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1
Celebrating 30 years of Excellence
Planning, Saving & Paying for College
Financial Aid Trends and
Regulatory Updates
NPE...
2
•  Massachusetts Educational Financing Authority
•  Not-for-profit state authority that works to
make higher education m...
3
•  Private non-profit organization based in Boston, MA
•  Public purpose mission = empower students to
successfully mana...
4
•  President is concerned about accountability and
student debt
•  Federal Government is concerned about
transparency
• ...
5
•  Paying for Performance
–  College rating system determining aid funding
–  Aid to students based on student performan...
6
•  Grants vs. Loans
•  Federal Methodology
– FAFSA
•  Independent Student/Dependency Overrides
•  Citizen/Eligible-Non C...
7
Overview of Financial Aid
Undergraduate Student Aid 2011-12 ($185.1 Billion)
Source: The College Board, Trends in Studen...
8
•  Student is the borrower – no credit check
•  Annual limits: $5,500 for freshman year
•  Fixed interest rate changes a...
9
•  Free Application for Federal Student Aid (FAFSA)
–  Required by all colleges for federal and MA state aid
–  Open Jan...
10
•  Auto Zero EFC income cutoff remains $24,000 or less
•  Skip logic
•  Defining Parents:
–  All parents who live toget...
11
Federally Independent Students
•  24 or older
•  Married
•  Graduate Student
•  Active duty in U.S. Armed
Forces
•  Vet...
12
Dependency Overrides
Students who do not qualify:
• Parents refuse to financially contribute or provide data
• Parents ...
13
Dependency Overrides
Students should submit to each school:
•  A letter of explanation
•  Relevant documentation (court...
14
•  U.S. nationals
•  U.S. permanent residents with Form I-551, I-151, or I-551C
•  Those with Arrival-Departure Record ...
15
Verification
•  Colleges verify accuracy of FAFSA data
•  Students selected by Department of Education
•  In 2013-14, o...
16
Verification Acceptable Documentation
•  Tax return items:
−  IRS Data Retrieval Tool (unchanged data)
−  IRS Tax Retur...
17
IRS Data Retrieval Tool
•  9 million folks used it in 2012-13
•  When can it NOT be used:
– Married individuals who fil...
18
•  Institutional Methodology
– CSS PROFILE
•  Professional Judgment
•  Need-Based Aid
•  Merit-Based Aid
How Do College...
19
Cost of Attendance (COA)
– Expected Family Contribution (EFC)
= Financial Aid Eligibility
Financial Aid Formula
College...
20
•  CSS/Financial Aid PROFILE®
–  Some colleges require for institutional aid
–  $25 for 1st school, $16 for each additi...
21
CSS/Financial Aid PROFILE
•  For institutional aid
•  More detailed questions:
o  untaxed income, home, expenses, house...
22
PROFILE Participating Institutions and Programs
23
•  $25 first school, $16 each additional
•  Fee waivers
–  Automatically granted based on family finances
–  For first-...
24
Changes in circumstance, special situations not already
reported, and requests for additional funds (appeals)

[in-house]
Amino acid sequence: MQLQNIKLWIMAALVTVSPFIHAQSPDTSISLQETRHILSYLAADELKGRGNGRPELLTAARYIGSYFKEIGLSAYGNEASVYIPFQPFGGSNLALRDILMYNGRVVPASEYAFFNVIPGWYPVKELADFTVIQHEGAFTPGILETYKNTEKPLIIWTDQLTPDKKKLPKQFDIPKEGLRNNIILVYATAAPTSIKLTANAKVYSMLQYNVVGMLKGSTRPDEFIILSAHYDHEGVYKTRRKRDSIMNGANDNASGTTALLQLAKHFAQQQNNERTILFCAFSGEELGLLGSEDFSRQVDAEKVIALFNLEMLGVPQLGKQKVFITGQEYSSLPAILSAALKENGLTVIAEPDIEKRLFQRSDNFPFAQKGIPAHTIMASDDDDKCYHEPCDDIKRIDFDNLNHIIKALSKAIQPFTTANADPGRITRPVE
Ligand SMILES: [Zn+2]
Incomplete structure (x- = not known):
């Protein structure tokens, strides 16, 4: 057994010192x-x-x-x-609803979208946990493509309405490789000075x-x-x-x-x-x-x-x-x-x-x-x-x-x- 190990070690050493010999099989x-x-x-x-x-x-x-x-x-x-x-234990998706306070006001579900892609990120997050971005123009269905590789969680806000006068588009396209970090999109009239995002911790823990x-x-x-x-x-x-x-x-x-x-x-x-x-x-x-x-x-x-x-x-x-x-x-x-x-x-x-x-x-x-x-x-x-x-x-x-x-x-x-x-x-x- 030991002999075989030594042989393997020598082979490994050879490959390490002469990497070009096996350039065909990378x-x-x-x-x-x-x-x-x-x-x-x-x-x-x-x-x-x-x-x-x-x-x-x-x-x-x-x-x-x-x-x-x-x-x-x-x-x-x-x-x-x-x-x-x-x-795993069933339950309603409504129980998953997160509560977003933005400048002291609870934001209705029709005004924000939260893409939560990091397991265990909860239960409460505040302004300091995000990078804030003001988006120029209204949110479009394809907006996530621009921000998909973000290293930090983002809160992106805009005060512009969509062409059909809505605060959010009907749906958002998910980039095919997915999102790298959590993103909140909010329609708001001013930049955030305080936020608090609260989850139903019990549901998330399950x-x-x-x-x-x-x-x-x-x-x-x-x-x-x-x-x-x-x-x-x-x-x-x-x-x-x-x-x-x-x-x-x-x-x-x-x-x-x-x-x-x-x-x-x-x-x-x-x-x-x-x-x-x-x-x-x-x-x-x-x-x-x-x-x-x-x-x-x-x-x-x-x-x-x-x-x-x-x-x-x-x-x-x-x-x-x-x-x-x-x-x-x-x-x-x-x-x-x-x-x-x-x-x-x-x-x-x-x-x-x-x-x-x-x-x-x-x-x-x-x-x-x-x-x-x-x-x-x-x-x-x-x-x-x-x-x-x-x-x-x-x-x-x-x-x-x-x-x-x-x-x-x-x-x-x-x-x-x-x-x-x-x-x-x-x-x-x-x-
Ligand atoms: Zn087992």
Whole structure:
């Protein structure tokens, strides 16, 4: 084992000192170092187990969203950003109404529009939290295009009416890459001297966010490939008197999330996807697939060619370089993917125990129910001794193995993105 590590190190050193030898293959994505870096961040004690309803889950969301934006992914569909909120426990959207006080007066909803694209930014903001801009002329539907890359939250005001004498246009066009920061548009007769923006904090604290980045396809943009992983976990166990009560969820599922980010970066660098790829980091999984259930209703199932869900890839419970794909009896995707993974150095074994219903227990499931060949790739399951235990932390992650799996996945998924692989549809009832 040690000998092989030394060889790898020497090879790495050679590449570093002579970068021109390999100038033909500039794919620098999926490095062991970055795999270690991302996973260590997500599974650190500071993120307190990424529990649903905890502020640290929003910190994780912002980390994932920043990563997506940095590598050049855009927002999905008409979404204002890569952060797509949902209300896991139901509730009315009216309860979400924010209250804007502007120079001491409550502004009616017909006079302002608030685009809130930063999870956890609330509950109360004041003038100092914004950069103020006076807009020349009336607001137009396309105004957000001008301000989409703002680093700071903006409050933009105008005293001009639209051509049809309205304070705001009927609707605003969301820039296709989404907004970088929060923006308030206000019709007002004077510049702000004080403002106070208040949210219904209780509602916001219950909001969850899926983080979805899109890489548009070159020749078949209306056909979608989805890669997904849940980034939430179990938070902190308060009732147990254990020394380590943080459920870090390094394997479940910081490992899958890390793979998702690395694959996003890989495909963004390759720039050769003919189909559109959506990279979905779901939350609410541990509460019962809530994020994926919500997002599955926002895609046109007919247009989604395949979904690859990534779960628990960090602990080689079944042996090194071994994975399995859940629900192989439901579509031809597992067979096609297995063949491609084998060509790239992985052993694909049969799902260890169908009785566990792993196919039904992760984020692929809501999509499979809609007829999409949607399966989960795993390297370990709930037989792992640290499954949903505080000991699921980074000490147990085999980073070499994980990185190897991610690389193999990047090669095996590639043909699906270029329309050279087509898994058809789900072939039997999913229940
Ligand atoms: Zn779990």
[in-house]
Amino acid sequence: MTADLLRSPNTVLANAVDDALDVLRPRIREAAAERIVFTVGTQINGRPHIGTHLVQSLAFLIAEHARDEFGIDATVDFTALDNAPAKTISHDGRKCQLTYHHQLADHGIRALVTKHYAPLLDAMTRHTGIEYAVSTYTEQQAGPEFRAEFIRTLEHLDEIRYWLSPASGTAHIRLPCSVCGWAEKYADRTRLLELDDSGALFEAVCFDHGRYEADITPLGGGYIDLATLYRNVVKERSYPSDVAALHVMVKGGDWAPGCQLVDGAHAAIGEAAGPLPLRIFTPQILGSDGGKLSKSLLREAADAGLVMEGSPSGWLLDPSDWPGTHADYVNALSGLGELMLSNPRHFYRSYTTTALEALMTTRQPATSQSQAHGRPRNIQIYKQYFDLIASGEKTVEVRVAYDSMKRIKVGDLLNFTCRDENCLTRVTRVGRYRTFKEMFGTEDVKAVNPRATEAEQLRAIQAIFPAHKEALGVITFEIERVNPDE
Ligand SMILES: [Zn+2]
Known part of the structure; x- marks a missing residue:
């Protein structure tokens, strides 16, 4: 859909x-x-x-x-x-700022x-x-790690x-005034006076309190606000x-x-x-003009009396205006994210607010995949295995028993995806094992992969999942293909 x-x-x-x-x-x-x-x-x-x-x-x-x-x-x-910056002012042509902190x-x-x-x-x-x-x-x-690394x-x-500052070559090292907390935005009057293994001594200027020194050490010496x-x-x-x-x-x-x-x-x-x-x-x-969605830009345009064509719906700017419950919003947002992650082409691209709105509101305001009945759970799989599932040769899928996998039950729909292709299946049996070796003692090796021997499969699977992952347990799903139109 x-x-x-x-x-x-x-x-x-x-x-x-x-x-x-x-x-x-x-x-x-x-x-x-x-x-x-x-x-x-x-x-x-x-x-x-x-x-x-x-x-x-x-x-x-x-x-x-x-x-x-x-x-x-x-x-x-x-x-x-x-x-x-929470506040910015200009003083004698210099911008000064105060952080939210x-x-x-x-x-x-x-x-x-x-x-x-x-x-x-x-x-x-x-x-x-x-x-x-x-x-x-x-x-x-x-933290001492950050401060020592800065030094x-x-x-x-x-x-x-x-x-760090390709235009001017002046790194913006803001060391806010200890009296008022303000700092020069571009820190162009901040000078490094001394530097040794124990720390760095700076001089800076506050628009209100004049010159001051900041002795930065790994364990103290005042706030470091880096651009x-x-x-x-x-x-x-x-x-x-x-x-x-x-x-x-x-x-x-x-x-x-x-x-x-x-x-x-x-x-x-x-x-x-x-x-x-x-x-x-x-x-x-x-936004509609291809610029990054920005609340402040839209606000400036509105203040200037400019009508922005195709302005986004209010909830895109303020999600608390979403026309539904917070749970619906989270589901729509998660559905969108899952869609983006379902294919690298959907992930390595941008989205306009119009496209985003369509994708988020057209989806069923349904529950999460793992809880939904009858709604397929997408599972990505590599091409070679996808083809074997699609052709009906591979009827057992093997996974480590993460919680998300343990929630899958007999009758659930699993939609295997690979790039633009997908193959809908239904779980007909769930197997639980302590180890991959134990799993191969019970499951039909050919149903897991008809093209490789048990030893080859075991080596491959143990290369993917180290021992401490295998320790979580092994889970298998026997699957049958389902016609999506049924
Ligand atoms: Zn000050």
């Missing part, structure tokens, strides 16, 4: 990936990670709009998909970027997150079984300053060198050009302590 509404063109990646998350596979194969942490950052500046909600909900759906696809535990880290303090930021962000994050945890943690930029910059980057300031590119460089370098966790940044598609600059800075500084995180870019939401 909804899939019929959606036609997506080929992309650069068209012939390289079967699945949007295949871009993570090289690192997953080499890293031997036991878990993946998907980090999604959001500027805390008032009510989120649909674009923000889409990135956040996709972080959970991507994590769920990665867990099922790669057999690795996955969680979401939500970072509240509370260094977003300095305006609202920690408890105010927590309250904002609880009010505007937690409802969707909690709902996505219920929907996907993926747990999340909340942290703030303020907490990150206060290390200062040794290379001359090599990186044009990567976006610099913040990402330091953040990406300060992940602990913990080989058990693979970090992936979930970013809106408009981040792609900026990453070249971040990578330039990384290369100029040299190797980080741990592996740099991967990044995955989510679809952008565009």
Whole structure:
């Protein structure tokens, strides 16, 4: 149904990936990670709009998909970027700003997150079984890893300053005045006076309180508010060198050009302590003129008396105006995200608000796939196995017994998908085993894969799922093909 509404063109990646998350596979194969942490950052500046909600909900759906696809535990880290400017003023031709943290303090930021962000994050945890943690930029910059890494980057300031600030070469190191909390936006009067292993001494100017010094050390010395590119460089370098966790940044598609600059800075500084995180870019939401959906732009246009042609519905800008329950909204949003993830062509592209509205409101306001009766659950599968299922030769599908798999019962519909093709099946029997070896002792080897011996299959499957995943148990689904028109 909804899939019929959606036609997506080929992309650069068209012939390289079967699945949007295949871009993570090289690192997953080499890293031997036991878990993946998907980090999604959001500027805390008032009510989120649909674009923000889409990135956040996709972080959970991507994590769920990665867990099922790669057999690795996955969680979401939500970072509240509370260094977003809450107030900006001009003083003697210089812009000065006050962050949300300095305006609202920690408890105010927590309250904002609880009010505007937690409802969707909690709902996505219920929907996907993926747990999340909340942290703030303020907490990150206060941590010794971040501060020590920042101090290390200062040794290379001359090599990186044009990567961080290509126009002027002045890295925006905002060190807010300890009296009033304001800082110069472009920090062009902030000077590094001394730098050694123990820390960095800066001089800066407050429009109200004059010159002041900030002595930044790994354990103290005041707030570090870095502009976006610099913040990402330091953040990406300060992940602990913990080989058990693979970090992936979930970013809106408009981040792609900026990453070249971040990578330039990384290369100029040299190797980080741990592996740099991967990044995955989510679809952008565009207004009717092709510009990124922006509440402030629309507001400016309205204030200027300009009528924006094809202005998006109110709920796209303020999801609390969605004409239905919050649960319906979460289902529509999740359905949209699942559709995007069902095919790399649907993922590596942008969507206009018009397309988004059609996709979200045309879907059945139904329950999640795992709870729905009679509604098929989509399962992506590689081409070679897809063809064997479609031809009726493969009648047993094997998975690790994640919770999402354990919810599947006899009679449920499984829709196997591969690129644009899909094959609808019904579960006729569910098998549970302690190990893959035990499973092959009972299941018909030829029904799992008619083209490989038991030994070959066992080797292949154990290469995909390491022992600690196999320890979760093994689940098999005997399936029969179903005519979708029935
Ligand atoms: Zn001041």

should be...
25
•  Awarded based on family’s financial eligibility
as determined by standardized formula
•  Includes grants, loans and/...
26
•  Awarded in recognition of student achievements
(academic, artistic, athletic, etc.)
•  Applicants often compared aga...
27
•  What College Gives Me The Most Free Money?
– Grants
– Scholarships*
•  Unclaimed Scholarship Myth They Tell Their Ch...
28
Calculating the Balance Due: Direct vs. Indirect Costs
Direct Costs: Billed from the
college:
–  Tuition
–  Fees
–  Roo...
29
Comparing Award Letters: Award Totals Vary
COA: $30,000 EFC: $5,000 Total Eligibility: $25,000
College A College B Coll...
30
•  Types of aid:
1.  Grants/Scholarships
2.  Work-study
3.  Loans
•  Not all financial aid award
letters are the same
•...
31
•  Deadlines and application requirements are IMPORTANT
•  Most applications are due in Feb or March, before the admiss...
32
•  Small Business Owner – $50,000 yearly income
•  Family Size = 6
•  Limited assets
•  1 child in college in 2014-2015...
33
A ‘Full Ride’ Isn’t Always What It Seems
In-State Out-of-State Private
Grants/Scholarships $13,550 $18,280 $20,780
Stud...
34
–  Saving for college means no financial aid.
–  It s not worth saving for college if I can t
save the entire cost.
–  ...
35
Expected Family Contribution (EFC)
35
+ + + =
$
Parent
Income
0% to 47% of
adjusted gross
income minus
all taxes and
al...
36
An example. 4 in the family, 1 child in college:
Income & Asset Impact on EFC
Family A Family B Family C Family D
Incom...
37
*Based on 10 years at
an interest rate of 7%.
This example is an
estimate only and
market conditions
may change.
Saving...
3838
Strategies for Saving
•  Start saving as early as
possible. Use time to your
advantage.
•  Use automatic transfers
• ...
39
How Do Students Define Affordability?
40
•  Family size – 4
•  Family yearly income – $12,887
•  Kenny = only student in college 2011-2012
•  Sought help in dec...
41
Strategies for College Affordability
•  Use tools to identify
‘affordable’ schools
•  Prioritize saving
•  Apply for sc...
42
•  Online tool in graphic format
•  Compare colleges:
o  Average net price
o  Graduation rate
o  Loan default rate
o  M...
43
Financial Aid Shopping Sheet
•  Provides institution’s cost
and student’s financial
aid
•  Intended to illustrate net
p...
44
FinancialAidToolkit.ed.gov
Financial Aid Toolkit
•  New tool for counselors and educators
•  Financial aid information,...
45
Tools and Resources – DURING COLLEGE
•  Q: How does your program support students
during college?
– Does your program o...
46
•  Online college search tool
•  General institutional info: admission requirements,
academic programs, graduation rate...
47
•  Online tool – on each institution’s website
•  Provides personal, estimated net college price
•  Questions about fin...
48
•  In-State College graduate
•  $30,000 yearly income
•  Family Size = 1
•  $45,000 in FEDERAL student loan debt
•  Cur...
49